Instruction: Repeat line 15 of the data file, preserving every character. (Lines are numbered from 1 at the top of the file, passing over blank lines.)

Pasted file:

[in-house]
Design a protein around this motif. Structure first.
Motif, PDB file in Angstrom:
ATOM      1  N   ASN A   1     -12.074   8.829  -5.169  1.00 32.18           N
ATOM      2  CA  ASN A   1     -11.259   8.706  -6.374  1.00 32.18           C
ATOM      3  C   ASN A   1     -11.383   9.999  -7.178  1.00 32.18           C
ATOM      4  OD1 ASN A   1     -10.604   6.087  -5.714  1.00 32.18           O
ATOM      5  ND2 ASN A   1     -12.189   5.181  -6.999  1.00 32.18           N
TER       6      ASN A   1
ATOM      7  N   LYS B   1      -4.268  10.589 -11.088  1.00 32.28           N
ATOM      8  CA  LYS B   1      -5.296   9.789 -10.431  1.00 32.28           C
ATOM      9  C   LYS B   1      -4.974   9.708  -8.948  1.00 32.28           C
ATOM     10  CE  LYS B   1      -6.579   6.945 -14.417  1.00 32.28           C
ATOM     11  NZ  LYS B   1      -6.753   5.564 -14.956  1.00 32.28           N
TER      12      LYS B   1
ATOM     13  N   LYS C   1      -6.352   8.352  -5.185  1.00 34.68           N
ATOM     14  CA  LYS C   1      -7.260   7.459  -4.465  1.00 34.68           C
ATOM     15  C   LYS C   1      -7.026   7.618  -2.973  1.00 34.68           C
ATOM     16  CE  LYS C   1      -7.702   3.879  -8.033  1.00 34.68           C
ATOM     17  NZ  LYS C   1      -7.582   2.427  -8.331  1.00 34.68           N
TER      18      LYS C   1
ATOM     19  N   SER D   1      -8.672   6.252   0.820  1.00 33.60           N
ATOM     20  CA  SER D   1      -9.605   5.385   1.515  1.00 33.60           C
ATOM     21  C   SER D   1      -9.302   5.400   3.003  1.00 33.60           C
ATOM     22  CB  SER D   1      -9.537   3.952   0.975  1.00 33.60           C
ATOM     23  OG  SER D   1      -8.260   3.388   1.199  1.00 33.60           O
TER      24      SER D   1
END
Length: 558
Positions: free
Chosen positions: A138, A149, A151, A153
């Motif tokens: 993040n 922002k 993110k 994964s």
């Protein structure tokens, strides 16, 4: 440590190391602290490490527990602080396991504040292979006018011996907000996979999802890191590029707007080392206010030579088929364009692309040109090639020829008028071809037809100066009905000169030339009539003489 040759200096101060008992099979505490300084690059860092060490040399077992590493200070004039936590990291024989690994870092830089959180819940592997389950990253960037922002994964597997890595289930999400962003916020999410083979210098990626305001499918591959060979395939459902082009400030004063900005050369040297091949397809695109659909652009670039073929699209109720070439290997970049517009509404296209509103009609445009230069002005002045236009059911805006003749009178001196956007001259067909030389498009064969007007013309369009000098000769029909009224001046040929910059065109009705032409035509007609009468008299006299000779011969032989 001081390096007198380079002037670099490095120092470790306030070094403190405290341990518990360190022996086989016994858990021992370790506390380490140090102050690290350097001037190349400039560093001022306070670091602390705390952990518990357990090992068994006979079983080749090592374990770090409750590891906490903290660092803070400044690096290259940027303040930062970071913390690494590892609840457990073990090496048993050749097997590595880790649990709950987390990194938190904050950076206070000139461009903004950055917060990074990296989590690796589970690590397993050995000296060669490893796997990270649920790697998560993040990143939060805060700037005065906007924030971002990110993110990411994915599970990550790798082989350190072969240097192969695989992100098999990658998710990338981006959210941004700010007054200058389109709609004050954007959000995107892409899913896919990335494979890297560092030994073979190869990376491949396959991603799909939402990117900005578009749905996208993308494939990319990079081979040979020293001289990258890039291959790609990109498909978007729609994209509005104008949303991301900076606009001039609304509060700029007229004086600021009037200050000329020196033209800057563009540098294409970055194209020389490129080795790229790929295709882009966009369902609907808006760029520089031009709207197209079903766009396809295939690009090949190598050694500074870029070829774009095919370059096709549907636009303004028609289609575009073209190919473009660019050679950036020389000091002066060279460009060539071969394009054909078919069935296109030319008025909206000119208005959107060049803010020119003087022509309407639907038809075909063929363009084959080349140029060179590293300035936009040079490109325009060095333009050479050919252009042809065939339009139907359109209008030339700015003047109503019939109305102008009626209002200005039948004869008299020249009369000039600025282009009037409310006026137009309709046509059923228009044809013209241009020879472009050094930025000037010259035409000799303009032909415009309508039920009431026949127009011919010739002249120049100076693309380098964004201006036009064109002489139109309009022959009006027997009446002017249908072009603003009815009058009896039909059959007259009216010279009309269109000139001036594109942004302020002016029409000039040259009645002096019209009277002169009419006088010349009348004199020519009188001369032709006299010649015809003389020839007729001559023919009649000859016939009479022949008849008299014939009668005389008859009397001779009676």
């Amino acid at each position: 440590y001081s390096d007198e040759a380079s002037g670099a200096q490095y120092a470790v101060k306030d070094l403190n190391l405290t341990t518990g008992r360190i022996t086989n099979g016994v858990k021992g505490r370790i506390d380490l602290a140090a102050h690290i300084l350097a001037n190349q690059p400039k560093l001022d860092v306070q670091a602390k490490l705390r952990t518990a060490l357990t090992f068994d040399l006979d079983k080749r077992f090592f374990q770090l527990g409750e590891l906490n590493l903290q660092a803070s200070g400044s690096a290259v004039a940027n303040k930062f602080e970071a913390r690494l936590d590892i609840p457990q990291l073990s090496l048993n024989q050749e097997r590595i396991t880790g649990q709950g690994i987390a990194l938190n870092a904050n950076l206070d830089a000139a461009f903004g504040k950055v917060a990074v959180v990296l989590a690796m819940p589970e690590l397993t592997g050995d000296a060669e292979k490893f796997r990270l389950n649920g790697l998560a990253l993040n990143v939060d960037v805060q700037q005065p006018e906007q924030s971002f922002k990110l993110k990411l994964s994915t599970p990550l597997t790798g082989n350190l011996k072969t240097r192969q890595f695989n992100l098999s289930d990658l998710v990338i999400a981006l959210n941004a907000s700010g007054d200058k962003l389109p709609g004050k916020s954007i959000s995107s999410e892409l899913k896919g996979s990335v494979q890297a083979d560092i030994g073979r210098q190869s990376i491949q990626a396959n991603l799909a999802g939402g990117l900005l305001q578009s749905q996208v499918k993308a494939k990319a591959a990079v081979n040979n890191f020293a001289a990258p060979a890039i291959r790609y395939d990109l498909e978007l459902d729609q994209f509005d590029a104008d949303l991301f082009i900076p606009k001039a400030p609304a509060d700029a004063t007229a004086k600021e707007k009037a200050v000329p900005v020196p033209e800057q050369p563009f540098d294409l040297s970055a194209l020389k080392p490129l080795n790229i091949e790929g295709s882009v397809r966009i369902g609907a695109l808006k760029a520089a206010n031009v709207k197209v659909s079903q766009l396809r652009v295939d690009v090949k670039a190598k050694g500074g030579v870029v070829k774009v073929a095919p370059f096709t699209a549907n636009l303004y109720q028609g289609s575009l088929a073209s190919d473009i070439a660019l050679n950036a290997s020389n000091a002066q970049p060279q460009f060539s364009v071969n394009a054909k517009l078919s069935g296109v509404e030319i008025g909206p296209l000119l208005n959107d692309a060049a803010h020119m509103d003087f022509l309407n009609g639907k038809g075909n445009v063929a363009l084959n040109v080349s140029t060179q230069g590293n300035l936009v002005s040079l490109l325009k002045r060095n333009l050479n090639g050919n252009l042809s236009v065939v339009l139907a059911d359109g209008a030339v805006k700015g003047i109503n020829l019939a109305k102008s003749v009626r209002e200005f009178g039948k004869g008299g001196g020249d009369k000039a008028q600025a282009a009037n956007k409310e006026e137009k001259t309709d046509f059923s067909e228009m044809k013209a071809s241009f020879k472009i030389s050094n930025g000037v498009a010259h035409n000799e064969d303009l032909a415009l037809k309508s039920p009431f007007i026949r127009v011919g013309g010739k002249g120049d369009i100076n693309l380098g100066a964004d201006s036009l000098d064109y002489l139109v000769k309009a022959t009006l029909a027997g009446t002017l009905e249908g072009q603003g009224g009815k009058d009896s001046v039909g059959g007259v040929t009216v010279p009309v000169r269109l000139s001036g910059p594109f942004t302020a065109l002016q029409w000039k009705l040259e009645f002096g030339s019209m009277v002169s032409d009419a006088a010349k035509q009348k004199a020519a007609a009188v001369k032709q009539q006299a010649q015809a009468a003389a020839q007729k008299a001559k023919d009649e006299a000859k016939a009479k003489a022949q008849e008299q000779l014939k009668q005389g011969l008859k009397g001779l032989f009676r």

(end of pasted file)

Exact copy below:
TER      12      LYS B   1